|The House Farm Bill|
Compromise, the mother's milk of politics, is not in the vernacular of the Tea Party. These modern day Luddites want to topple federal programs by starving them to death, much like what the Tea Party in the House proposes to do to millions of hungry school children whose only warm meal of the day may come from federal feeding programs.
According to a July 9 press release from the UCLA Center for Health Policy Research, an estimated 3.8 million California adults — particularly those in households with children, as well as low-income Latinos — could not afford to put adequate food on the table during the recent recession. The House Agriculture Committee's answer - slash $16 billion in more spending from food insecurity programs and reward millionaire farmers with more federal subsidies.
Democratic reaction was swift and predictable. Rep. Rosa DeLauro (Conn.) issued a scathing statement after the bill’s release that called it immoral and inhumane.“This bill increases subsidies to millionaires... This is a bill that robs the poor to pay the rich...No farmer is being cut back. They are being made whole...The people are getting screwed in this process are the people who can least afford it,” she said.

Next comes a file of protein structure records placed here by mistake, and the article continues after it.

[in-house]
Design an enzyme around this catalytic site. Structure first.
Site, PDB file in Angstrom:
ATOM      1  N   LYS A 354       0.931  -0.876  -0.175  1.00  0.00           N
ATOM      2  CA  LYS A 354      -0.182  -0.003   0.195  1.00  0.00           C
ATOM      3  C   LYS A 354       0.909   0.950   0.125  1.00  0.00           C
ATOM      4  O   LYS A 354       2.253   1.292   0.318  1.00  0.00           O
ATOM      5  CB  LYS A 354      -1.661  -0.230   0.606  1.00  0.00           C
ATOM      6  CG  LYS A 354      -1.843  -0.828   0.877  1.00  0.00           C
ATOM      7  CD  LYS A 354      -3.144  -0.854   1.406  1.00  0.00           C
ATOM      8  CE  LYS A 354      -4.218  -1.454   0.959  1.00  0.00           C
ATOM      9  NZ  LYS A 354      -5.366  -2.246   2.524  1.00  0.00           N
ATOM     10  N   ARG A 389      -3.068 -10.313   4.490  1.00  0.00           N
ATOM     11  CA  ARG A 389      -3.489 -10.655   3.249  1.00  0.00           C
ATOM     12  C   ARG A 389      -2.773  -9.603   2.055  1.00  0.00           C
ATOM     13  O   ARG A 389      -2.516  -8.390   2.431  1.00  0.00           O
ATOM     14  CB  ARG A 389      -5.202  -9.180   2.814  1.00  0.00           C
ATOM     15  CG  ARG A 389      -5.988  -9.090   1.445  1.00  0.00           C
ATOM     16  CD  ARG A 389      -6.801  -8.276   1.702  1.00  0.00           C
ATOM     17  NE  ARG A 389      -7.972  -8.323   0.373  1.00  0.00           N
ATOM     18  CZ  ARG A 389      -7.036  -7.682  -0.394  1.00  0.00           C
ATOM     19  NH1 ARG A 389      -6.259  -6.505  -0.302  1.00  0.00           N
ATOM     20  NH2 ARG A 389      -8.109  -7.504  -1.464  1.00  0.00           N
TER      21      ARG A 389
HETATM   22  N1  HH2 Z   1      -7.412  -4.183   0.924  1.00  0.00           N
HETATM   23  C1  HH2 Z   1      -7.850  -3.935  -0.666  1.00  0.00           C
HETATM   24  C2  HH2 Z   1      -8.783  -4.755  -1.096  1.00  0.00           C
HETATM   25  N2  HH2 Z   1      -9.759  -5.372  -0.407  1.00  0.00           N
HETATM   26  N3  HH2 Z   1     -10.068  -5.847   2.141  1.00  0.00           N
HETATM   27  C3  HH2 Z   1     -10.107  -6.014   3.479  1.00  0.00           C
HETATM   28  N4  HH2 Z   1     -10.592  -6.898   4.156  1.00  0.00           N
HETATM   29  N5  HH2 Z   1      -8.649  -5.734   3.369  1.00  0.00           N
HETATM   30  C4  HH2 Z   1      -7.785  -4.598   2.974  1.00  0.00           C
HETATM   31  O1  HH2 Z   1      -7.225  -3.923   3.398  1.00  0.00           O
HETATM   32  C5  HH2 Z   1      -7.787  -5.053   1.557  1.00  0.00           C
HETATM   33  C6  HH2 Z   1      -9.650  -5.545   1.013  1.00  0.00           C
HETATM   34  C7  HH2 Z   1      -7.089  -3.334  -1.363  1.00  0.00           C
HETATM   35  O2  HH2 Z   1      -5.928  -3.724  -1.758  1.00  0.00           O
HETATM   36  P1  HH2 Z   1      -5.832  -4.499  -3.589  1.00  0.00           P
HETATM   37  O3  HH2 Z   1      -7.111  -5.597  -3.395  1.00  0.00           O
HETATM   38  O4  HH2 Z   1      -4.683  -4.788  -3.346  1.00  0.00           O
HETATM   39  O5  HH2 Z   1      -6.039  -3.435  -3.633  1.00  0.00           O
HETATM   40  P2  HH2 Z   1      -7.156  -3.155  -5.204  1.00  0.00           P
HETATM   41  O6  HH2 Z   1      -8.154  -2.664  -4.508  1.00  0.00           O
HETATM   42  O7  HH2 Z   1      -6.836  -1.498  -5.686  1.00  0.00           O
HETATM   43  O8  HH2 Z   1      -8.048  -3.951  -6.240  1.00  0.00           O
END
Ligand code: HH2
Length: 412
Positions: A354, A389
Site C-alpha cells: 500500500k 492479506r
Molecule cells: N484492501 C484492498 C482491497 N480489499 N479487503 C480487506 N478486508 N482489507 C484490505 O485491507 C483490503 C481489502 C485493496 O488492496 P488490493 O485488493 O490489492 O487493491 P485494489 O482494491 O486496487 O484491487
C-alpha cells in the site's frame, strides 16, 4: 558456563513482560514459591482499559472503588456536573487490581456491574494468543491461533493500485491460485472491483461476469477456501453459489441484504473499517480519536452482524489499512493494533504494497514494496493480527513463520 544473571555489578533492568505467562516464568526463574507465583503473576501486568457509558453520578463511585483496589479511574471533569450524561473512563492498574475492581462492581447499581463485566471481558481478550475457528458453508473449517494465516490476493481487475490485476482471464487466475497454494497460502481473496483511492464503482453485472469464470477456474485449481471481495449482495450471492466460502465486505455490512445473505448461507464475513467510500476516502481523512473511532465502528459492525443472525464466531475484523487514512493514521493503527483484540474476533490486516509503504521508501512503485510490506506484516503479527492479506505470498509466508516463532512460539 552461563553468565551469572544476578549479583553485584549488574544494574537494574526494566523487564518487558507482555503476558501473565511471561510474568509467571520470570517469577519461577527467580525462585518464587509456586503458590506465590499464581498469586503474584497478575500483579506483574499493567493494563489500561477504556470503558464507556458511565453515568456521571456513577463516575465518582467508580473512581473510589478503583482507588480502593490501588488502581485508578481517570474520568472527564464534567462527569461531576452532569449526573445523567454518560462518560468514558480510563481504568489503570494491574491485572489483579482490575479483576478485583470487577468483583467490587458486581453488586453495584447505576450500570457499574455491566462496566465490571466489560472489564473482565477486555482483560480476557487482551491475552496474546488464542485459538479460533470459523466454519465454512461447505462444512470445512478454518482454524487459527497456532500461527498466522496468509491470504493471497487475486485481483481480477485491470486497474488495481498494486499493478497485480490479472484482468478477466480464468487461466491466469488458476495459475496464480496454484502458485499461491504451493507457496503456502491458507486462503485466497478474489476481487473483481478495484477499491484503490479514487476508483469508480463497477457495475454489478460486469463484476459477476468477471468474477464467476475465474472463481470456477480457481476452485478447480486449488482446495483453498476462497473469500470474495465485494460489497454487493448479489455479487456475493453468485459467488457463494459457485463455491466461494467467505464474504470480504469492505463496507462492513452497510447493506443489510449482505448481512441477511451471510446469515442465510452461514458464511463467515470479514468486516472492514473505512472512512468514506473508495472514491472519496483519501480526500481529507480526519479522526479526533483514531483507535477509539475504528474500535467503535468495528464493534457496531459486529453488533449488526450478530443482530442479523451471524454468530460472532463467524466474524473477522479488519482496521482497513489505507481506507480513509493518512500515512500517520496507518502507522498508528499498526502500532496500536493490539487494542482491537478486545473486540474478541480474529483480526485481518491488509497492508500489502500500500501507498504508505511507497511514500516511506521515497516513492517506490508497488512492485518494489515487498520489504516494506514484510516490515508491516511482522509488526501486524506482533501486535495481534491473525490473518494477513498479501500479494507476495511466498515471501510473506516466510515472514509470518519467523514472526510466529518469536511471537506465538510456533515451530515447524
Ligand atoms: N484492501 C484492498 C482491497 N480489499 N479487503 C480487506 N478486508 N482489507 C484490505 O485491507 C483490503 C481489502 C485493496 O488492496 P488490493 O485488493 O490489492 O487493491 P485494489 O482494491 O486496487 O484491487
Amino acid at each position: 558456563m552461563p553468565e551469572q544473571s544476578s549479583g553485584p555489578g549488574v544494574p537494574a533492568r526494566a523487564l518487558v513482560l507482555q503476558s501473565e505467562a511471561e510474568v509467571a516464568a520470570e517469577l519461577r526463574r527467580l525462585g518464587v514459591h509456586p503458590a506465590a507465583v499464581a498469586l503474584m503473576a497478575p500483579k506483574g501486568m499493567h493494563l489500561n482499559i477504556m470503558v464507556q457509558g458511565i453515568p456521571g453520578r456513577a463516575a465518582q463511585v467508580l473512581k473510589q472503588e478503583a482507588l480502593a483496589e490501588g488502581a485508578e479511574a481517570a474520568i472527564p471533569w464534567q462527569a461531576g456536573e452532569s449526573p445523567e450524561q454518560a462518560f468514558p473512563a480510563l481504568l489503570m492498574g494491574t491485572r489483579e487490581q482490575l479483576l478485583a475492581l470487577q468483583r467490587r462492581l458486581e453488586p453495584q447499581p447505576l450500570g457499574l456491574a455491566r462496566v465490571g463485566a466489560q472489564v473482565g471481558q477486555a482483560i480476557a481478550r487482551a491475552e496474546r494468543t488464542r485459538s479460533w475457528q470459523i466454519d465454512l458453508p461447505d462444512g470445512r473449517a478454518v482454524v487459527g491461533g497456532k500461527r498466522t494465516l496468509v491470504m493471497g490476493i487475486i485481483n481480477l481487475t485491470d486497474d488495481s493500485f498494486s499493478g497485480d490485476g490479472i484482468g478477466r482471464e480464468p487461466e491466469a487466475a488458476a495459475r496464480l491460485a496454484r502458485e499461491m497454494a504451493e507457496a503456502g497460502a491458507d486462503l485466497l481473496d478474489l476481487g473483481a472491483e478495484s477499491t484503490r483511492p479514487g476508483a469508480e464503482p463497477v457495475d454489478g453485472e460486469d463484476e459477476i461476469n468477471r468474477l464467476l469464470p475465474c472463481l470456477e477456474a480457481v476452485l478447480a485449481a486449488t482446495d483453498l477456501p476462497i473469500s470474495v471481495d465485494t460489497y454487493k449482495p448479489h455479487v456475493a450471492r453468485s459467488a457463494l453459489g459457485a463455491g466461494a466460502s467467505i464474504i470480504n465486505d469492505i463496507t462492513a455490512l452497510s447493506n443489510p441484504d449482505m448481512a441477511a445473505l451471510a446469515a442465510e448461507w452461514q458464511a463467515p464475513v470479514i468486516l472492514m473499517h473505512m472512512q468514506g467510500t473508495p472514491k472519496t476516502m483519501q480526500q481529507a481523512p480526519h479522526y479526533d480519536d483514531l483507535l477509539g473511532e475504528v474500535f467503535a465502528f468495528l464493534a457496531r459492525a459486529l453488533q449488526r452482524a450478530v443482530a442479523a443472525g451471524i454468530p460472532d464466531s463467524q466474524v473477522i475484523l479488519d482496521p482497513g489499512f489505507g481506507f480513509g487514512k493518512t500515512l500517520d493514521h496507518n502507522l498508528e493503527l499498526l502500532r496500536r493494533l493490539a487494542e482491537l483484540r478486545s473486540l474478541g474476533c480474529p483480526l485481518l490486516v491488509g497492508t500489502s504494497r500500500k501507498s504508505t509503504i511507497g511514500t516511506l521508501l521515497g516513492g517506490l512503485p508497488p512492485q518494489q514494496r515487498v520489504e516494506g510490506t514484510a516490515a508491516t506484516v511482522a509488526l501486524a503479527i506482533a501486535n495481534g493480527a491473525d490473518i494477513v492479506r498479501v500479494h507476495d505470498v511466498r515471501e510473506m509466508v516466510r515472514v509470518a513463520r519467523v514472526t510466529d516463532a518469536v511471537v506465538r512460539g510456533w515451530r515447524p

Part of this is all political posturing. The House GOP and Democratic Leaderships know the Senate will never accept these mean spirited cuts. Democratic House Leader Pelosi even hinted publicly something to the effect that "we can fix this bill in conference." Why should she, especially in an election year?
The whole polticial process stinks. Someone needs to teach the bullies in the House a lesson. It's like Sean Connery's famous line from the movie The Untouchables, "You wanna get Capone? Here's how you get him. He pulls a knife, you pull a gun. He sends one of yours to the hospital, you send one of his to the morgue. That's the Chicago way. And that's how you get Capone!" And that is how the Democrats should get the Tea Party.
The House of Representatives needs to understand that a great nation is judged by how it treats its most impoverished citizens. On that basis alone the House bill should be rejected. The legislation is as dysfunctional as the process that produced it.
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